Some post-holiday sales start at midnight the night before, so while some people are sleeping, others are out shopping.
t's October 30, and we all know what that means: in just two short days, Halloween candy goes on sale. Well, so do costumes, but really, who cares about that? You only wear costumes on the 31st (generally speaking. We don't know your life), but you can eat candy any day of the year (unless you're on some kind of diet, in which case, stop torturing yourself!). These post-Halloween sales are not the only ones of their kind—the post-holiday sale happens a few times a year, and people flock to the stores. While Halloween-candy sales don't necessarily draw the crowds that Black Friday sales do, people still love a bargain.
Every year, it seems like the sales start for Black Friday earlier and earlier. Last year, they started at midnight sharp. That meant that when most people were snoozing through a turkey-induced coma, crazy deal-hunters were lining up outside of Best Buy, Macy's, Target, or any one of the dozens of stores that were offering up mega-savings.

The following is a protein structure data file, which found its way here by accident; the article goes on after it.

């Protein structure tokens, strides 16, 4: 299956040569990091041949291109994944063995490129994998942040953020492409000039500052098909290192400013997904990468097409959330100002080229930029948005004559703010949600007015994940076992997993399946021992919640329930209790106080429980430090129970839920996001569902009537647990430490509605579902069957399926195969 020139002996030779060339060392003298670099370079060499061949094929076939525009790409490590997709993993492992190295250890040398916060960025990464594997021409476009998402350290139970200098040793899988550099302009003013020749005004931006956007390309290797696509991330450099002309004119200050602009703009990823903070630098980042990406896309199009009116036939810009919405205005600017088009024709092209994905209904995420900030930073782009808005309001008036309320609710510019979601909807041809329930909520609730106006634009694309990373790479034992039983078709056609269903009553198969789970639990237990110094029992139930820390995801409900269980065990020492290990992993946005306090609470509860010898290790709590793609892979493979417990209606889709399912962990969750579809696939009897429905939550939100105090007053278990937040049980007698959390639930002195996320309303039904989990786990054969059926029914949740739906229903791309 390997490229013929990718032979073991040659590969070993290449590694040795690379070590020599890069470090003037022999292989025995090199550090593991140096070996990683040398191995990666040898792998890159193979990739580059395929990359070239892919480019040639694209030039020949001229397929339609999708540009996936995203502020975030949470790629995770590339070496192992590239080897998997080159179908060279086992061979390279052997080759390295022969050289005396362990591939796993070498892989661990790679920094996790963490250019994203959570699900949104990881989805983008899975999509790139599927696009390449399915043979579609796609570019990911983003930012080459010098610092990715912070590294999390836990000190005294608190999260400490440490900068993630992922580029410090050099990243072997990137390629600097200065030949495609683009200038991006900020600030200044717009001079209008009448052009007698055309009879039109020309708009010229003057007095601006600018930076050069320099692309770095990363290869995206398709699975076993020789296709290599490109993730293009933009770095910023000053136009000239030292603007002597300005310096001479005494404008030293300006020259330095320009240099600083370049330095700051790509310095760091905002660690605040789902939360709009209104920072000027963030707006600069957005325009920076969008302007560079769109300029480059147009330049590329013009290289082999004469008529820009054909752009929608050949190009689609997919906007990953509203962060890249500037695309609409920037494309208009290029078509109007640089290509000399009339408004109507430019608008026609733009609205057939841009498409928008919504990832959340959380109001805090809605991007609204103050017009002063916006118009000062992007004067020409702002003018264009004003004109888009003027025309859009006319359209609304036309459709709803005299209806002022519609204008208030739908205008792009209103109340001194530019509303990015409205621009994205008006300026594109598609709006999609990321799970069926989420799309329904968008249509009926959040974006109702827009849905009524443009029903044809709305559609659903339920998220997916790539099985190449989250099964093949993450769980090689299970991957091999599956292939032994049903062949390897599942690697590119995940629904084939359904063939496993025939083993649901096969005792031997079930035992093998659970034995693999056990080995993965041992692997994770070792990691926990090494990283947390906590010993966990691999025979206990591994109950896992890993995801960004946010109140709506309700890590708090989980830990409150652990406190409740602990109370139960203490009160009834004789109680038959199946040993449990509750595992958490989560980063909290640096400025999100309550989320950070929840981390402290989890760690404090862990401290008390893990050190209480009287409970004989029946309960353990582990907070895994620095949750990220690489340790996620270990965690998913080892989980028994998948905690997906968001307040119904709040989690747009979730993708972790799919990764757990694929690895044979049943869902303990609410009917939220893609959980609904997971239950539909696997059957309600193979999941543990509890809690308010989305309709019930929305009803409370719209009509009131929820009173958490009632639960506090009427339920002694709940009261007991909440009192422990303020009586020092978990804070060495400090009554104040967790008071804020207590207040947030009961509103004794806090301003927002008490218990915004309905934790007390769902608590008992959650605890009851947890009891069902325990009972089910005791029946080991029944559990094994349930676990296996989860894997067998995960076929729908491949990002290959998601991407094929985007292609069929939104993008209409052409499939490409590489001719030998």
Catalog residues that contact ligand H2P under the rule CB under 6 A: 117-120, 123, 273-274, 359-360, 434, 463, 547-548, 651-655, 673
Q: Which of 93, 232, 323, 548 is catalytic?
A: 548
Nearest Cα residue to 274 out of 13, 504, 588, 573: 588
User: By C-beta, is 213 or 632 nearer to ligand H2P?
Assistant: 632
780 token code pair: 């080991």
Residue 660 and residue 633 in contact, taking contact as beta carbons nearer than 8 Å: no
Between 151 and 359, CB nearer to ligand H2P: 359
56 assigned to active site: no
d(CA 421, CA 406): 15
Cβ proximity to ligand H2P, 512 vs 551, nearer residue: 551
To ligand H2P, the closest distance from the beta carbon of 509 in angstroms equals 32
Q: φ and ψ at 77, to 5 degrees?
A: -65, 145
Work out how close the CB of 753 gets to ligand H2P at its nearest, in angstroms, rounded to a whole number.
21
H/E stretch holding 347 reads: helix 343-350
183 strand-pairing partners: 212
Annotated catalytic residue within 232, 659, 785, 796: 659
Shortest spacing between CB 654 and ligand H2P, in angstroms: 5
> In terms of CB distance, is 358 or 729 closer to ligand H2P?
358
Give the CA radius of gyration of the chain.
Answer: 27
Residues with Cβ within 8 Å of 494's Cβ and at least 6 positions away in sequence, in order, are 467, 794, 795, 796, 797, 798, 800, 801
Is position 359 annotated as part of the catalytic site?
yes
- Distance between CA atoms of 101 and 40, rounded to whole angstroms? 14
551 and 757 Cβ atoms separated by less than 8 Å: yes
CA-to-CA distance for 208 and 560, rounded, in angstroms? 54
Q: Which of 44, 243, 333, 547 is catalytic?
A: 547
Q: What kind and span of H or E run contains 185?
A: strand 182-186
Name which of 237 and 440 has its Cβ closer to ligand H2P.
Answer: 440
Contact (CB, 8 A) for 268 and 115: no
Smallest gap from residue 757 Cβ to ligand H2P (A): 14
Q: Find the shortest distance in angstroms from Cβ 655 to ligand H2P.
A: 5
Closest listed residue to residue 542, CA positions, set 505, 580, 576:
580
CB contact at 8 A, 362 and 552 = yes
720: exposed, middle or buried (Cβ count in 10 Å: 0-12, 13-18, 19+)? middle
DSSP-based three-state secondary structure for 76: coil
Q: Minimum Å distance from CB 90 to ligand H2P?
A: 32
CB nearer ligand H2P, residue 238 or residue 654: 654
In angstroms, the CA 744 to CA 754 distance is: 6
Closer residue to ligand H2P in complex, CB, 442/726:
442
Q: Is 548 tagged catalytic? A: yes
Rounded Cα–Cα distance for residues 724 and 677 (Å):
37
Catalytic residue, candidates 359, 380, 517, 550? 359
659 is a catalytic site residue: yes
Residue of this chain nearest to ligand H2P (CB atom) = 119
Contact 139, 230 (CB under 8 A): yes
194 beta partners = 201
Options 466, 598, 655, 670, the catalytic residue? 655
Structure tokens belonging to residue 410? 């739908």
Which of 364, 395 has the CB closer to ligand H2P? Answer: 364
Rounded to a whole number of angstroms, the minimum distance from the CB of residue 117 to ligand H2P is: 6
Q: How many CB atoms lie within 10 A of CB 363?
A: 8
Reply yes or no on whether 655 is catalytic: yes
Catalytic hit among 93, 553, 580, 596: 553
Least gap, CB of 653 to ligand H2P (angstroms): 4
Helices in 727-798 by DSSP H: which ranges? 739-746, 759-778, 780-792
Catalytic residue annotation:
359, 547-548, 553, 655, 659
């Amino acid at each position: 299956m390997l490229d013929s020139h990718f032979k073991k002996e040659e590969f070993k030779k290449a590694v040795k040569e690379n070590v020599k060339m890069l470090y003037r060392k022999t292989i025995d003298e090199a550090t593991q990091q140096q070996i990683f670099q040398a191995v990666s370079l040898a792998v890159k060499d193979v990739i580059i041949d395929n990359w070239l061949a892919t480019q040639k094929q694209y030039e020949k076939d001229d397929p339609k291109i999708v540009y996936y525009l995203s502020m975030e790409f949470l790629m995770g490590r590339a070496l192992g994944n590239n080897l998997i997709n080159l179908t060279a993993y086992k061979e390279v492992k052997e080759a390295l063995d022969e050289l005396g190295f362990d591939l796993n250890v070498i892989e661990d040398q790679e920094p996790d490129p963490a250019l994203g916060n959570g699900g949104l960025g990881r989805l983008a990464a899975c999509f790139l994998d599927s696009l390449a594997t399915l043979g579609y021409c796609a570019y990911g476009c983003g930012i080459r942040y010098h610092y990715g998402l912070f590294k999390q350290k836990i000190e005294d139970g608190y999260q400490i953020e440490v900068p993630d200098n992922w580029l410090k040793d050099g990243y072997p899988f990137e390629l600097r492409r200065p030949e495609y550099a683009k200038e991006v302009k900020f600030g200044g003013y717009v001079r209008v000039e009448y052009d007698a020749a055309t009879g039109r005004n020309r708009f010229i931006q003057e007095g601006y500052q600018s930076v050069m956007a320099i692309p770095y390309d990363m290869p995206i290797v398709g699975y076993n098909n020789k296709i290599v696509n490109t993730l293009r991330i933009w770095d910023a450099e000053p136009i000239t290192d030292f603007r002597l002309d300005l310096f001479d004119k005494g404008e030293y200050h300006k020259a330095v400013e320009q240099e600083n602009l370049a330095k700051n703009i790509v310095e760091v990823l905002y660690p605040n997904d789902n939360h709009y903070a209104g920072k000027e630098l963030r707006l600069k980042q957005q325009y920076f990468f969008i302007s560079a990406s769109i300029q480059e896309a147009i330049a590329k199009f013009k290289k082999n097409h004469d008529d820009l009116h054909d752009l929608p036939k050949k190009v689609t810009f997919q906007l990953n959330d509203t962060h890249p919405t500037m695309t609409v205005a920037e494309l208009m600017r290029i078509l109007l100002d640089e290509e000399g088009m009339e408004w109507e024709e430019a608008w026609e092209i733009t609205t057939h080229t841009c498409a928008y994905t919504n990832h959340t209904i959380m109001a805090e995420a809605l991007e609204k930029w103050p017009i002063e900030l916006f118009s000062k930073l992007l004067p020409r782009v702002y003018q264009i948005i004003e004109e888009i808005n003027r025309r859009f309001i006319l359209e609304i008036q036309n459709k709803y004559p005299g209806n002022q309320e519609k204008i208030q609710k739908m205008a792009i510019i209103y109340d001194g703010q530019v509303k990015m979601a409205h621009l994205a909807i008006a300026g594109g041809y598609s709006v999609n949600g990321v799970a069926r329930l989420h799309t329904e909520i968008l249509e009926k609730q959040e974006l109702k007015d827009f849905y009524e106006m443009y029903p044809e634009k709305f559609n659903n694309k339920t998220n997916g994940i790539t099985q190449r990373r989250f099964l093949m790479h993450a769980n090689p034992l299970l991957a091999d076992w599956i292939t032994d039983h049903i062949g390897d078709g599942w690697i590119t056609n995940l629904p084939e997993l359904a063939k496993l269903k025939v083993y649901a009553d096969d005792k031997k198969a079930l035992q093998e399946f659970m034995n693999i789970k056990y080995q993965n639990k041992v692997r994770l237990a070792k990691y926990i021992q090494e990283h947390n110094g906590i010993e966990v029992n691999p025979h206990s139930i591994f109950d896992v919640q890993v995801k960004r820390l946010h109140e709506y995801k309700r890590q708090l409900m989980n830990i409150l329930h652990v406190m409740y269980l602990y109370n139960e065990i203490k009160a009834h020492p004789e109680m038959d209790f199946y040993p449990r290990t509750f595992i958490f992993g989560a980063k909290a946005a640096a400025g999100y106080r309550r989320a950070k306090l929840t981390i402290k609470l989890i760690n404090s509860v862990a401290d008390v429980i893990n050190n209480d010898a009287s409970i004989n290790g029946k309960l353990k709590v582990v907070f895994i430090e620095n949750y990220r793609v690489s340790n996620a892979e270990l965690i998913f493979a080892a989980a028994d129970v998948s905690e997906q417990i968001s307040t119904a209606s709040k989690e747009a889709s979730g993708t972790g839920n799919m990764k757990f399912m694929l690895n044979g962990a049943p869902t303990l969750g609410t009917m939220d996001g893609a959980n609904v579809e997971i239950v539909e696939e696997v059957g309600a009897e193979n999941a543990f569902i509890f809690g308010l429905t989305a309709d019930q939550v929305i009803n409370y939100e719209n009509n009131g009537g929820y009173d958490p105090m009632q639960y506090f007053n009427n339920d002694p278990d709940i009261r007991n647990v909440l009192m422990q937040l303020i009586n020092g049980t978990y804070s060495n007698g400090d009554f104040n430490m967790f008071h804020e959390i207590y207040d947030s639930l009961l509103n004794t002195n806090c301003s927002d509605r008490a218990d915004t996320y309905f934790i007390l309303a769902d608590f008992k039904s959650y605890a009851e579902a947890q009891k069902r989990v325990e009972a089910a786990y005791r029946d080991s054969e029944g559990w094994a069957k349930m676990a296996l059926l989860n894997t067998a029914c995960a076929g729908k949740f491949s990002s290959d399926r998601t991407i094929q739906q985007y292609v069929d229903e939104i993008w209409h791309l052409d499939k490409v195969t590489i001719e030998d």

After Christmas, it's a tradition for some families to go out and re-stock—wrapping paper, cards, ornaments, and more are all on sale on the 26th. The low cost of having it on hand outweighs the slight inconvenience of having to store it all year long for some people.
Even New Year's Day and Valentine's Day get their post-holiday sales; New Year's Day sales often have to do with gym memberships, though, as most people decide that January is a great time to join a gym (resolutions and all), while Valentine's sales are—similar to Halloween—candy-based.
Retailers need a way to move stock or boost profits, and consumers are always looking for a deal. It's a win-win situation.
Do you partake in Black Friday sales or any other post-holiday sales? If so, what do you look forward to most?